15. ^ Vanzi, Sol Jose. "RMN Joint Venture for E! Philippines". PHNO: Showbiz Center. Philippine Headline News Online. Retrieved September 13, 2012.
  16. ^ The launch of E! Entertainment Television in the Philippines PEP.ph. Retrieved June 7, 2011.

External links

Agents of S.H.I.E.L.D.

Marvel's Agents of S.H.I.E.L.D., or simply Agents of S.H.I.E.L.D., is an American television series created for ABC by Joss Whedon, Jed Whedon, and Maurissa Tancharoen, based on the Marvel Comics organization S.H.I.E.L.D. (Strategic Homeland Intervention, Enforcement, and Logistics Division), a fictional peacekeeping and spy agency in a world of superheroes. It is set in the Marvel Cinematic Universe (MCU), sharing continuity with the films and other television series of the franchise. The series is produced by ABC Studios, Marvel Television, and Mutant Enemy Productions, with Jed Whedon, Tancharoen, and Jeffrey Bell serving as showrunners.

The series revolves around the character of Phil Coulson, with Clark Gregg reprising his role from the film series, and his team of S.H.I.E.L.D. agents, who must deal with various unusual cases and enemies, including Hydra, the Inhumans, Life Model Decoys, and alien species such as the Kree. Joss Whedon began developing a S.H.I.E.L.D. pilot following the success of his film The Avengers, and Gregg was confirmed to reprise his role in October 2012. The series was officially picked up by ABC in May 2013, and also stars Ming-Na Wen, Brett Dalton, Chloe Bennet, Iain De Caestecker and Elizabeth Henstridge, with Nick Blood, Adrianne Palicki, Henry Simmons, Luke Mitchell, John Hannah, Natalia Cordova-Buckley, and Jeff Ward joining in later seasons. Prosthetic makeup is created with Glenn Hetrick's Optic Nerve Studios, while Legacy Effects contributes other practical effects. The visual effects for the series are created by FuseFX, and have been nominated for multiple awards. Several episodes directly crossover with films or other television series set in the MCU, while other characters from MCU films and Marvel One-Shots also appear throughout the series.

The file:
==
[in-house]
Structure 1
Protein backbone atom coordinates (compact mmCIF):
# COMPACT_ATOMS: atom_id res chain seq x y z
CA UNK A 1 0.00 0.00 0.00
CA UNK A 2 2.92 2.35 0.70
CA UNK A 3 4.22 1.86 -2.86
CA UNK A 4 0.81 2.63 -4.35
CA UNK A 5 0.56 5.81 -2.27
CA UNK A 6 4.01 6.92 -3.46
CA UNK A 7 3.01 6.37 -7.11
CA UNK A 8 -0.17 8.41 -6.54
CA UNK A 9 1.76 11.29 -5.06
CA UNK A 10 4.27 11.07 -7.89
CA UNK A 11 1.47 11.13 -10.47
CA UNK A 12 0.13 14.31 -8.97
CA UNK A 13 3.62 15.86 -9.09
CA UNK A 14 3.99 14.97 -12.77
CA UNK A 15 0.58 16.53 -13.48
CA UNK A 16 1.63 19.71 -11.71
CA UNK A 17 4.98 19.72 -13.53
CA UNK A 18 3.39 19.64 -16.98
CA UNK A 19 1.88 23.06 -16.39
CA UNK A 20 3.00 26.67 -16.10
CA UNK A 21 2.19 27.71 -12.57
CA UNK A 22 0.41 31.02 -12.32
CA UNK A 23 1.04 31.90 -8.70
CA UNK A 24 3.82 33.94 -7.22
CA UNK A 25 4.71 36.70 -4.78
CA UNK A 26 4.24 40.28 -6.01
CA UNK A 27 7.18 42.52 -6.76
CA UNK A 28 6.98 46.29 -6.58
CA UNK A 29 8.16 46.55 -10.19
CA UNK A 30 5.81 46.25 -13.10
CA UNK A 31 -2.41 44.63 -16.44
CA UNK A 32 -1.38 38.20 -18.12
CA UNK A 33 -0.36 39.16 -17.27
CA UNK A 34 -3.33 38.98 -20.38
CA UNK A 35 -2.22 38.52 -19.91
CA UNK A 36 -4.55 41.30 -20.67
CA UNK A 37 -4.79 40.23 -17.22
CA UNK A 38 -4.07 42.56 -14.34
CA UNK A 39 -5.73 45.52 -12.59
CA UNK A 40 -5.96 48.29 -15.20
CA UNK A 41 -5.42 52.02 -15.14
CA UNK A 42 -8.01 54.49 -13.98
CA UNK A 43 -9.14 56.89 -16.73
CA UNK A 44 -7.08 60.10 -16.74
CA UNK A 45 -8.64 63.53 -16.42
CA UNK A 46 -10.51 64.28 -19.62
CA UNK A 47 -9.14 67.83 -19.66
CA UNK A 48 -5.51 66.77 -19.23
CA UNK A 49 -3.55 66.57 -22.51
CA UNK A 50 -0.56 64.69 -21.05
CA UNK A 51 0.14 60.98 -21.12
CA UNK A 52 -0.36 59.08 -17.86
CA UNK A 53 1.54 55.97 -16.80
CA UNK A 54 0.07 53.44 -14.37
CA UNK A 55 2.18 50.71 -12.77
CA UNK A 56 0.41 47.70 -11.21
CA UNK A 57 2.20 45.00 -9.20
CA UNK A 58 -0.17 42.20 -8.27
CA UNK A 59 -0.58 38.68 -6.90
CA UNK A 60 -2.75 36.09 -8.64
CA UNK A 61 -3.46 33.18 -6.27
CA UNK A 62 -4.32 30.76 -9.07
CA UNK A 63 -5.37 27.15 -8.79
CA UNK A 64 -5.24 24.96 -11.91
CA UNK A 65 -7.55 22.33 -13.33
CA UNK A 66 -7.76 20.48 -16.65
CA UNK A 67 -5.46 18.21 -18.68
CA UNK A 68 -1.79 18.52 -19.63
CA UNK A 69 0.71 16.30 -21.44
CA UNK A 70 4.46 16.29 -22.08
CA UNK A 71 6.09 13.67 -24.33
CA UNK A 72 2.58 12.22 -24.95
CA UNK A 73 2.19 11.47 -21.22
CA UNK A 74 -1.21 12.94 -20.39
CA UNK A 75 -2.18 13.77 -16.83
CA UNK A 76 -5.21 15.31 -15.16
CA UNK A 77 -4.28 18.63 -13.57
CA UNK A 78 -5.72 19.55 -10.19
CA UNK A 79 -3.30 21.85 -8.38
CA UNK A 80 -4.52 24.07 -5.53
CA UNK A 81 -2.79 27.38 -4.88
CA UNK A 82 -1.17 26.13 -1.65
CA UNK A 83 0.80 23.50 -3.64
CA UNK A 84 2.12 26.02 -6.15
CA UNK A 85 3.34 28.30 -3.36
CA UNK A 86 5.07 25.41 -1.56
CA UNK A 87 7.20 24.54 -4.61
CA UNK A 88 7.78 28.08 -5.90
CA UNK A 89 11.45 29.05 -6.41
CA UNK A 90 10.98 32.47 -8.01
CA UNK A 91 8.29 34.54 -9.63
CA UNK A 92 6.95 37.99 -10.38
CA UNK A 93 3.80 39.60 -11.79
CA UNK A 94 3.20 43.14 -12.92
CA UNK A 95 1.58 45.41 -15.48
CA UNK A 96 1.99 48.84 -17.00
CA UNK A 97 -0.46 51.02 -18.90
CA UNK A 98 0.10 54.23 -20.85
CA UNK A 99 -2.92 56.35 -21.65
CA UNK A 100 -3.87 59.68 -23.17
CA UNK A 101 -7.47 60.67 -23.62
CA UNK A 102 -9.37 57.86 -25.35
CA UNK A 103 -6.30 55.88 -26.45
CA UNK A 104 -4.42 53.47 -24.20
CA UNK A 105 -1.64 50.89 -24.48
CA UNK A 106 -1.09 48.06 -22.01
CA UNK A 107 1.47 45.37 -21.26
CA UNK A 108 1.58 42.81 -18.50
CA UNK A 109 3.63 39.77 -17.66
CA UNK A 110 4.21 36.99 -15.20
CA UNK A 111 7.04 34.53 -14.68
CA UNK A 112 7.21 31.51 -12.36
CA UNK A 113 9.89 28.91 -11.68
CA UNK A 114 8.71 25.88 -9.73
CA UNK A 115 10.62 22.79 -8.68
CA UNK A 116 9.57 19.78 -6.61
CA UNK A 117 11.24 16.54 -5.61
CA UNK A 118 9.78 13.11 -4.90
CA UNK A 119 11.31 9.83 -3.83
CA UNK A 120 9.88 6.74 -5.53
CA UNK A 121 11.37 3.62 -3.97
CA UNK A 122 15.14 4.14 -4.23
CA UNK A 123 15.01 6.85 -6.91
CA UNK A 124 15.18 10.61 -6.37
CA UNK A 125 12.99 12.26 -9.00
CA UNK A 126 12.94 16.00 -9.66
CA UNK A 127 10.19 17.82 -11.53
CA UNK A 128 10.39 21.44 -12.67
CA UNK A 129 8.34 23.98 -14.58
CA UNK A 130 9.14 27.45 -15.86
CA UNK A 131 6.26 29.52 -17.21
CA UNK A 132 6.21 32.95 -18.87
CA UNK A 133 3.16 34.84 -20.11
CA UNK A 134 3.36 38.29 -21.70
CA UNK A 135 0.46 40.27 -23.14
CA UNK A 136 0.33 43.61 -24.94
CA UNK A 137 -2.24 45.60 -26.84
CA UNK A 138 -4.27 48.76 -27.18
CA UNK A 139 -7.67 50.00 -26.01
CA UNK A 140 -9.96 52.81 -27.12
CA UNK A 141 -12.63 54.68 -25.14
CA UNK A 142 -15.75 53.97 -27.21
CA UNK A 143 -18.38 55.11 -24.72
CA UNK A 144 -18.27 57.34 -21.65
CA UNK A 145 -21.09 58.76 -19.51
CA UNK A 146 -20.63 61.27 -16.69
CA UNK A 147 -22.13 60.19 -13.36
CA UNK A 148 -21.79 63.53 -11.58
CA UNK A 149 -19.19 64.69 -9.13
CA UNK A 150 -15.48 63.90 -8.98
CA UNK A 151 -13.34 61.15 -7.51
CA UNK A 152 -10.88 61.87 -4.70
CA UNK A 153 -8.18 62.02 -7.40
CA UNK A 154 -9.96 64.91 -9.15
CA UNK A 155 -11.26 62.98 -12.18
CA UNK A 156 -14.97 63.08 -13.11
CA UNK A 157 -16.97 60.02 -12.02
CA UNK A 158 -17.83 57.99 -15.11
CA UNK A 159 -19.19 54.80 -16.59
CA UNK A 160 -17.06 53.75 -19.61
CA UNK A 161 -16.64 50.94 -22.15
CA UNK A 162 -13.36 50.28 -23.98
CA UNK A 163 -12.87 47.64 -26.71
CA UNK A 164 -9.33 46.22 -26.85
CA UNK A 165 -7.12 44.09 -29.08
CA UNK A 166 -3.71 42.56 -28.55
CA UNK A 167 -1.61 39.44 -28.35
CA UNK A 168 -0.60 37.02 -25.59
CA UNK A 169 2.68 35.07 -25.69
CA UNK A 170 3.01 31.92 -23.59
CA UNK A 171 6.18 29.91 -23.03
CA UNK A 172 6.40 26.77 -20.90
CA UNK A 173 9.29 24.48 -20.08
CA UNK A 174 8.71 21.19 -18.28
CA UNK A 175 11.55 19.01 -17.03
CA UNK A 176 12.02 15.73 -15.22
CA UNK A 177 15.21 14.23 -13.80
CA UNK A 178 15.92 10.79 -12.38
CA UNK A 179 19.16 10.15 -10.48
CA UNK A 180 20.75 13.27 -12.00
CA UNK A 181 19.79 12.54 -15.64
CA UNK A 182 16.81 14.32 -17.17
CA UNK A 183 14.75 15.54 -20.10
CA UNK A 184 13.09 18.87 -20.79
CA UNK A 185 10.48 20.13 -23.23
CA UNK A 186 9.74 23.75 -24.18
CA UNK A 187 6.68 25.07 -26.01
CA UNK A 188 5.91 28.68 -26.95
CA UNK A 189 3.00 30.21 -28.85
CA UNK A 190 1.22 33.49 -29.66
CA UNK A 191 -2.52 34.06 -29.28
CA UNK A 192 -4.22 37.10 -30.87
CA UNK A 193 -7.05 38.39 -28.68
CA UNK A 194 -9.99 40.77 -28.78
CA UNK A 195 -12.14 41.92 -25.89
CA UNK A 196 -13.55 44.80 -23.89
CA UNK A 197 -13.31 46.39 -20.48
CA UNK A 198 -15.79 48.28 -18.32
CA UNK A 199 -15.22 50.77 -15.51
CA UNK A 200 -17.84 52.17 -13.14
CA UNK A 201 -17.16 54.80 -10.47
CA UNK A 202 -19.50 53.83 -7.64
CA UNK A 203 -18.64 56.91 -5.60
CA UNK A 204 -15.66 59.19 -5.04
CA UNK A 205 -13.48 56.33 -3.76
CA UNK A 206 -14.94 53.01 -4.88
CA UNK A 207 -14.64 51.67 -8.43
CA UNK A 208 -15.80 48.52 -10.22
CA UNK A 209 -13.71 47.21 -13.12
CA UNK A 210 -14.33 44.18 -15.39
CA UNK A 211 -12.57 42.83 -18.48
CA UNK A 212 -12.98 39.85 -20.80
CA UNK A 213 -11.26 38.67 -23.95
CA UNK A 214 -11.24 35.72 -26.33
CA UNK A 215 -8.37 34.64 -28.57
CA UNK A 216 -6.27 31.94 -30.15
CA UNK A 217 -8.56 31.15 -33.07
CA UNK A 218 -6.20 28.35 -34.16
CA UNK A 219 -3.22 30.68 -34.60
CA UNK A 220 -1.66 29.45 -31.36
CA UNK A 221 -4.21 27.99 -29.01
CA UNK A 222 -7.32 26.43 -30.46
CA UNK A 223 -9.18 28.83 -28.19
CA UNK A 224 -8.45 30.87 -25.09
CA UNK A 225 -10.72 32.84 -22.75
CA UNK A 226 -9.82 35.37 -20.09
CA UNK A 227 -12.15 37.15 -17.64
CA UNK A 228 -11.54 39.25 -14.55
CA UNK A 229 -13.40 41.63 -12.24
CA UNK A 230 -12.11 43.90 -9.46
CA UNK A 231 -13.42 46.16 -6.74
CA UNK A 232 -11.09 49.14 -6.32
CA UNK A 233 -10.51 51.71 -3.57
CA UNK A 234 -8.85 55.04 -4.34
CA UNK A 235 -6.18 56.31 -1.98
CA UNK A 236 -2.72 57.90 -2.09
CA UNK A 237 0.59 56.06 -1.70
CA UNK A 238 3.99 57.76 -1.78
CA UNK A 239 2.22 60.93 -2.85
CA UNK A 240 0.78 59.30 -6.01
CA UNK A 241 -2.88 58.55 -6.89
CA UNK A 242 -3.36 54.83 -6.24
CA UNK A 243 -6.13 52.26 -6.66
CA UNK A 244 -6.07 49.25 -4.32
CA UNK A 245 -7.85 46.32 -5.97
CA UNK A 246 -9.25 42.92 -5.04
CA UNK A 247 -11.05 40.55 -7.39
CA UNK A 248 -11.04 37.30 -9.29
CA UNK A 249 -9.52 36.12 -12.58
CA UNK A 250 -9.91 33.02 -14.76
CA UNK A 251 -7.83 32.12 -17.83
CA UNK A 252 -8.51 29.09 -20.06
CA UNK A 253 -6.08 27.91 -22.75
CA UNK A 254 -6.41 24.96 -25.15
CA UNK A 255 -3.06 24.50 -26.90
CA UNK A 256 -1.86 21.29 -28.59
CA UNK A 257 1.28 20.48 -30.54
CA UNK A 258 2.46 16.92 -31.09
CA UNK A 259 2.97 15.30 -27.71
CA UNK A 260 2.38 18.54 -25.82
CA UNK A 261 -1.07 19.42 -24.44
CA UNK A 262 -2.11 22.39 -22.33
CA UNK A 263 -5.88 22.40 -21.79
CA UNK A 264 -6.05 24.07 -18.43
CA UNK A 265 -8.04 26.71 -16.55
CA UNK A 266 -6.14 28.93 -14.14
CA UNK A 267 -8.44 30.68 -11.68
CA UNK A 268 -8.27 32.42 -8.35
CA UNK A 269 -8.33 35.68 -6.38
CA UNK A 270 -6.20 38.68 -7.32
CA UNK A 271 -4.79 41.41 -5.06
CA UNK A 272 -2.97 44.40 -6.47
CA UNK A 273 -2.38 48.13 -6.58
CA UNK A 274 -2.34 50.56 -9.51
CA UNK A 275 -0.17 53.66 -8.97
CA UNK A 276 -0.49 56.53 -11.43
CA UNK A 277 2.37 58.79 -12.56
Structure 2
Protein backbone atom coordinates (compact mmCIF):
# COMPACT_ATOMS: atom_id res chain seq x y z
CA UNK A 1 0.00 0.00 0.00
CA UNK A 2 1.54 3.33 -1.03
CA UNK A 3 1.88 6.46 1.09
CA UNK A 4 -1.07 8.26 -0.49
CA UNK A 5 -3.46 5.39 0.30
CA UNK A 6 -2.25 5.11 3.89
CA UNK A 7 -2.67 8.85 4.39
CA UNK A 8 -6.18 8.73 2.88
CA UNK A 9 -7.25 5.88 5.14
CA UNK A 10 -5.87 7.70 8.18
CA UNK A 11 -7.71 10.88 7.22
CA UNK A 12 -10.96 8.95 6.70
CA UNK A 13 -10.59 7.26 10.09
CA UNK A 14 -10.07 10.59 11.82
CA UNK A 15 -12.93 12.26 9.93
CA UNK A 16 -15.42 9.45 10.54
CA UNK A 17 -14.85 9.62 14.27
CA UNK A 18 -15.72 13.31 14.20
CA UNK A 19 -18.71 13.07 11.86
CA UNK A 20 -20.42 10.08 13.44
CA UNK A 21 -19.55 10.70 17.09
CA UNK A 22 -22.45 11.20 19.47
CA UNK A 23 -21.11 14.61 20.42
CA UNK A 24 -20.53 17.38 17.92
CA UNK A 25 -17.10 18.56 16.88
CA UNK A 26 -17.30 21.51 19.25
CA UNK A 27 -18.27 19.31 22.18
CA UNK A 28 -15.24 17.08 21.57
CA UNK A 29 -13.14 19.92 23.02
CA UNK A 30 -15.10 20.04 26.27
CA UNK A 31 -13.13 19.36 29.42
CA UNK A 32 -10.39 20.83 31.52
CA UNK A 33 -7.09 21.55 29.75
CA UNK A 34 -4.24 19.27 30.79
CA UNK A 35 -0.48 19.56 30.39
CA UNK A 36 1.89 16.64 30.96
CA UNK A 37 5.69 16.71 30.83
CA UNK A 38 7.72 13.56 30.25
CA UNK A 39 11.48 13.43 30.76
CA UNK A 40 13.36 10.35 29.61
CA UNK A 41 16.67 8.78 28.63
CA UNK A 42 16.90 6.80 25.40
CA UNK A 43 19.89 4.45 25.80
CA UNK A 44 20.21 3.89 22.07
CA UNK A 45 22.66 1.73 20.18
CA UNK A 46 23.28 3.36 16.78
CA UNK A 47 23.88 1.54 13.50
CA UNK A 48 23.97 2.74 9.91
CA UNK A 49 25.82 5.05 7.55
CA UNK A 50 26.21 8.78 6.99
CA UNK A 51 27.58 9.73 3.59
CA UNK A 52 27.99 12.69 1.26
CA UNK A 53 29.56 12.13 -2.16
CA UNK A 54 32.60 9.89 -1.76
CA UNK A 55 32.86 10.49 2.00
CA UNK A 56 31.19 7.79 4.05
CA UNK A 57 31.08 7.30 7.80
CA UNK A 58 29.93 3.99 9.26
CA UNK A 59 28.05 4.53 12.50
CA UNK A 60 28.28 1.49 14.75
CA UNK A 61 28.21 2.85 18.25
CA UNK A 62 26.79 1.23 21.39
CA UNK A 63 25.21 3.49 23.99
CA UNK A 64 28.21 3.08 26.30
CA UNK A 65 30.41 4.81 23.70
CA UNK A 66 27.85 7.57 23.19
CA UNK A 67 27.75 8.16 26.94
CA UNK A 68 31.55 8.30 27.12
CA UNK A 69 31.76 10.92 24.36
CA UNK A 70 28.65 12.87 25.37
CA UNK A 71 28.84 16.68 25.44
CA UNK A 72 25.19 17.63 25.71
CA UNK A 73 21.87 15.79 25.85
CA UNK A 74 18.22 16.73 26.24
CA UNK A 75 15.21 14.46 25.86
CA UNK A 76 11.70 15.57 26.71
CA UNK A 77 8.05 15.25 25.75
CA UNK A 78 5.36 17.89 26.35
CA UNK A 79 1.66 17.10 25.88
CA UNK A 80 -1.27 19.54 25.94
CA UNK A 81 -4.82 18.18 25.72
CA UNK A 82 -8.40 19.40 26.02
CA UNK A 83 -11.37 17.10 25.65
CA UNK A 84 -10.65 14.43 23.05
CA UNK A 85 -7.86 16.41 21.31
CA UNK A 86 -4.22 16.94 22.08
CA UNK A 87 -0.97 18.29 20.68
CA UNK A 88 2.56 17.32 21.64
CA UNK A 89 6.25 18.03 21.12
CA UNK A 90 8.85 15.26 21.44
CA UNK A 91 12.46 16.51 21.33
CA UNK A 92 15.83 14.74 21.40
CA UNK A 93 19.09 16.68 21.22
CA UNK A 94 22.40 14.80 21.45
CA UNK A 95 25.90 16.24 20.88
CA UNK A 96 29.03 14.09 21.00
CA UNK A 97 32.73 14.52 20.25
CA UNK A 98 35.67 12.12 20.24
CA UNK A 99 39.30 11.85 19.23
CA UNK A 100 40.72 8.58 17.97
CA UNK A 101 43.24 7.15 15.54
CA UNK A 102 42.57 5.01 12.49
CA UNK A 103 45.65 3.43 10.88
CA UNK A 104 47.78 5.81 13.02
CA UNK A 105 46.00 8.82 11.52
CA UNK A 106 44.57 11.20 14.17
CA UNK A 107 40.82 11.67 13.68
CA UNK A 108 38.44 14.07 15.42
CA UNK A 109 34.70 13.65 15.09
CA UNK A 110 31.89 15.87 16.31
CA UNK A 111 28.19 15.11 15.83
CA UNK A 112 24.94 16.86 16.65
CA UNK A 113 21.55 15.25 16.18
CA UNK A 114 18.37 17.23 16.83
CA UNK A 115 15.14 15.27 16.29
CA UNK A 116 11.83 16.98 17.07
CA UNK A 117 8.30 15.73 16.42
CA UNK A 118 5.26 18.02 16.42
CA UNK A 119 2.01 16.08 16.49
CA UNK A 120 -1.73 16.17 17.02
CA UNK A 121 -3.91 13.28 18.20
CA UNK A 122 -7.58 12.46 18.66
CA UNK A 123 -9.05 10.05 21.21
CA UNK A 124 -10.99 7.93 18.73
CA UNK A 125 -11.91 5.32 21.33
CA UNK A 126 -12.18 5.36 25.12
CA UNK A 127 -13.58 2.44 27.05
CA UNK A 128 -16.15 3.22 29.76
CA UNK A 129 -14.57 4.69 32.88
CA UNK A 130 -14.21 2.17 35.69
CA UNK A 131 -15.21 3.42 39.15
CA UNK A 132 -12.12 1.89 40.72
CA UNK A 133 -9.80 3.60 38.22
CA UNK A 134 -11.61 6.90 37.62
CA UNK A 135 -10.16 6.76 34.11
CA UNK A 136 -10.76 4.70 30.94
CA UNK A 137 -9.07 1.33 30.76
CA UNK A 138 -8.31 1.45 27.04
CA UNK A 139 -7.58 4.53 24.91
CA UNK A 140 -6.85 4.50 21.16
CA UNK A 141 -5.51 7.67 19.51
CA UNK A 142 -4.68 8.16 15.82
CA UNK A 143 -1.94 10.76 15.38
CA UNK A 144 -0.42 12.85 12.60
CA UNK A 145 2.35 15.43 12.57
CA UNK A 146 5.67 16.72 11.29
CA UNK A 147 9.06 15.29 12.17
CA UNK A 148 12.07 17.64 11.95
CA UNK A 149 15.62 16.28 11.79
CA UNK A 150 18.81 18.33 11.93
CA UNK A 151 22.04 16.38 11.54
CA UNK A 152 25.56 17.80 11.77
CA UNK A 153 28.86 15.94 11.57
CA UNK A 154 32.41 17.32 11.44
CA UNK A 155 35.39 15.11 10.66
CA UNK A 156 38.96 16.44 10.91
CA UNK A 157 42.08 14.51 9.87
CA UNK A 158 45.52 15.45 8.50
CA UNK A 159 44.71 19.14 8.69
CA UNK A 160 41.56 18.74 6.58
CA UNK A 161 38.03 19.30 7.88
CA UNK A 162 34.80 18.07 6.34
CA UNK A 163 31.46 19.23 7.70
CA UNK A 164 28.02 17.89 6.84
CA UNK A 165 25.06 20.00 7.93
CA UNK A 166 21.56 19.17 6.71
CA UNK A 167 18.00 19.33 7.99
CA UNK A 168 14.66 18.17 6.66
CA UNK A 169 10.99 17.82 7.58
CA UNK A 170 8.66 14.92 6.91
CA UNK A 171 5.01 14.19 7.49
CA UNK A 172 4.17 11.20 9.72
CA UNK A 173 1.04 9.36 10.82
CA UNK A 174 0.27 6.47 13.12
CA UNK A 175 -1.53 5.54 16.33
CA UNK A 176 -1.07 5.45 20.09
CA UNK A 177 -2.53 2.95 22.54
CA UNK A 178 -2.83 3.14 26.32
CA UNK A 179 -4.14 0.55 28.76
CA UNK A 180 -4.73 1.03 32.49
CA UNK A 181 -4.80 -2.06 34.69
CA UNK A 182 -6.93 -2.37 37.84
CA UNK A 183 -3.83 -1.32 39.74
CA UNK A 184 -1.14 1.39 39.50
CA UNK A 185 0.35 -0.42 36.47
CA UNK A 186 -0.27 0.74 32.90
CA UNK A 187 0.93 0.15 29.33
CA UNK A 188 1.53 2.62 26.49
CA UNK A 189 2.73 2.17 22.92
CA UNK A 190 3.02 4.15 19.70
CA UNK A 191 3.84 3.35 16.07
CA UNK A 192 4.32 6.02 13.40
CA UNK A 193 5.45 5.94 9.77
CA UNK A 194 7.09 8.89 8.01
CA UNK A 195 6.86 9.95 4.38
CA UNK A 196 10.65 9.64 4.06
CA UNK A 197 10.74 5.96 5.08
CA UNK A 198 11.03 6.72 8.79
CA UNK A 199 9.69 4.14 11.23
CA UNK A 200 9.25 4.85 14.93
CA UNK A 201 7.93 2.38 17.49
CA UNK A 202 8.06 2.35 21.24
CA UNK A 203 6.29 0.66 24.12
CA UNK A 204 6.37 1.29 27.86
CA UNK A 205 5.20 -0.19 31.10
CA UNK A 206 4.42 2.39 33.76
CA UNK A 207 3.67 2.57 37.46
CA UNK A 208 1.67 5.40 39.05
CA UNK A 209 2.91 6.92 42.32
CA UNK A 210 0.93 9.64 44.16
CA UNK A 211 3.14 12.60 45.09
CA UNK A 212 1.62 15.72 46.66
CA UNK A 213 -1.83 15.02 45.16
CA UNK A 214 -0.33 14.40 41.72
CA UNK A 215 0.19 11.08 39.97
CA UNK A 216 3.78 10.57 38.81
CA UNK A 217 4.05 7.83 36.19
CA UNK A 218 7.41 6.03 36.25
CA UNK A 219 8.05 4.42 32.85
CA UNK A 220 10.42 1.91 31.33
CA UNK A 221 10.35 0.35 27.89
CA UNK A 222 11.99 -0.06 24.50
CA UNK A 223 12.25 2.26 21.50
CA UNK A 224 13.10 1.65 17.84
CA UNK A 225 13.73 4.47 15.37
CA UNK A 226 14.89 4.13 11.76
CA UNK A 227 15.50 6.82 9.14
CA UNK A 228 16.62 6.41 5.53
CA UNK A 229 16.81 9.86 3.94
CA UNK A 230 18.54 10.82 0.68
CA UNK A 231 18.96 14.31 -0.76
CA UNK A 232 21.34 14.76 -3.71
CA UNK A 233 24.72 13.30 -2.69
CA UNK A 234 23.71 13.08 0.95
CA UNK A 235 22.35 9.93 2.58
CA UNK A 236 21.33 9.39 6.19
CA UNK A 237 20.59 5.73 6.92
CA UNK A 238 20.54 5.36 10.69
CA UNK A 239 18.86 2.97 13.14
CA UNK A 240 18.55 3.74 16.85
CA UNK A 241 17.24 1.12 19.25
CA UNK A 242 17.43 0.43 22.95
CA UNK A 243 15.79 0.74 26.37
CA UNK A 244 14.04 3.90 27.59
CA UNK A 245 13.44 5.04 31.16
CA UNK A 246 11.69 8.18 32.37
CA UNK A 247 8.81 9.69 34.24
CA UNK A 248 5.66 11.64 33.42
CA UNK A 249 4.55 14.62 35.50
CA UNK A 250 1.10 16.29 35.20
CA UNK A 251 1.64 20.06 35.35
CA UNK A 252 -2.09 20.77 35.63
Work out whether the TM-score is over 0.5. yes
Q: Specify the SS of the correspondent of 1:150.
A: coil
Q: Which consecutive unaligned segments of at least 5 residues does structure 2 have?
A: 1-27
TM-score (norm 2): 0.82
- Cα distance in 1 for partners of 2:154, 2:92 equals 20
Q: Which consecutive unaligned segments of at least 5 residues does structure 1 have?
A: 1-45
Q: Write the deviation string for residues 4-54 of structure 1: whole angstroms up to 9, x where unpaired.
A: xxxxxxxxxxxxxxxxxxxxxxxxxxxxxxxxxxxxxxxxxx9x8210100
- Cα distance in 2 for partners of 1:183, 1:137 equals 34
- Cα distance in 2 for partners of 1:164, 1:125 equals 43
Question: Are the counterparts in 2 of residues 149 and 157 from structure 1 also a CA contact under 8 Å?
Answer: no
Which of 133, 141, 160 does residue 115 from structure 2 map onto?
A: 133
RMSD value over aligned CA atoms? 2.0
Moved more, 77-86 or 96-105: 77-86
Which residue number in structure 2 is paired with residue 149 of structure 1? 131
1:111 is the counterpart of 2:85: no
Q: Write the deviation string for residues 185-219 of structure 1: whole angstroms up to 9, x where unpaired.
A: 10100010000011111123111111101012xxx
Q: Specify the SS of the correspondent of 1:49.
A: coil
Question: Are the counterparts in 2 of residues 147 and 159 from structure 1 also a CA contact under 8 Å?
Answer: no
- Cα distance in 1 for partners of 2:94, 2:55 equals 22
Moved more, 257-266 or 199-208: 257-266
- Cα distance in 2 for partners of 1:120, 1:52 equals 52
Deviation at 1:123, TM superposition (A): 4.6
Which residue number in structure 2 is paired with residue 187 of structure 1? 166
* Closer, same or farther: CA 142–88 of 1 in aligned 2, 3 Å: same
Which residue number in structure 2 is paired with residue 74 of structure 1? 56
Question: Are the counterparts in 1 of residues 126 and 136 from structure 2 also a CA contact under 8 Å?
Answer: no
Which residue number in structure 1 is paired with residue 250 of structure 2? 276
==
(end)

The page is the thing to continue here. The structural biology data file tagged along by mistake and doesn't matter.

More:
The first season originally aired from September 24, 2013, to May 13, 2014, while the second season aired from September 23, 2014, to May 12, 2015. A third season premiered on September 29, 2015, concluding on May 17, 2016, and the fourth season premiered on September 20, 2016, and concluded on May 16, 2017. A fifth season of Agents of S.H.I.E.L.D. premiered on December 1, 2017 and concluded on May 18, 2018. In May 2018, the series was renewed for a sixth season, intended to premiere in May 2019. In November 2018, ahead of the sixth season's release, the series was renewed for a seventh season. After starting the first season with high ratings but mixed reviews, the ratings began to drop while reviews improved. This led to much lower but more consistent ratings, as well as more consistently positive reviews in the subsequent seasons.

Several characters created for the series have since been introduced to the comic universe and other media. A spin-off series, centered on Blood and Palicki's characters Lance Hunter and Bobbi Morse and titled Marvel's Most Wanted, received a pilot order in August 2015, but it was ultimately passed on in May 2016. An online digital series, Marvel's Agents of S.H.I.E.L.D.: Slingshot, centered on Elena "Yo-Yo" Rodriguez, was launched in December 2016 on ABC.com.

Chuck E. Cheese's

Chuck E. Cheese's (formerly known as Chuck E. Cheese's Pizza Time Theatre, and Chuck E. Cheese's Pizza) is a chain of American family entertainment centers and restaurants. The chain is the primary brand of CEC Entertainment, Inc. and is headquartered in Irving, Texas. The establishment serves pizza and other menu items, complemented by arcade games, amusement rides, and animatronic displays as a focus of family entertainment. The brand derives its name from its main animatronic character and mascot Chuck E. Cheese, a comedic mouse who sings and interacts with guests.The first location opened in San Jose, California, as Chuck E. Cheese's Pizza Time Theatre, on May 17, 1977. The concept was created by Atari co-founder Nolan Bushnell, credited with bringing video games such as Pong to the mainstream. The Pizza Time Theatre was the first family restaurant to integrate food, animated entertainment, and an indoor arcade. Following a filing for bankruptcy, the chain was acquired by competitor ShowBiz Pizza Place in 1984, forming ShowBiz Pizza Time, Inc. In 1990, the company began unifying the two brands with the goal of renaming every location to Chuck E. Cheese's Pizza. The logo was redesigned in 1994 after pizza was dropped from each store's name. ShowBiz Pizza Time, Inc. became CEC Entertainment, Inc. in 1998, and over 600 Chuck E. Cheese stores are open in 47 states and 15 countries as of 2017.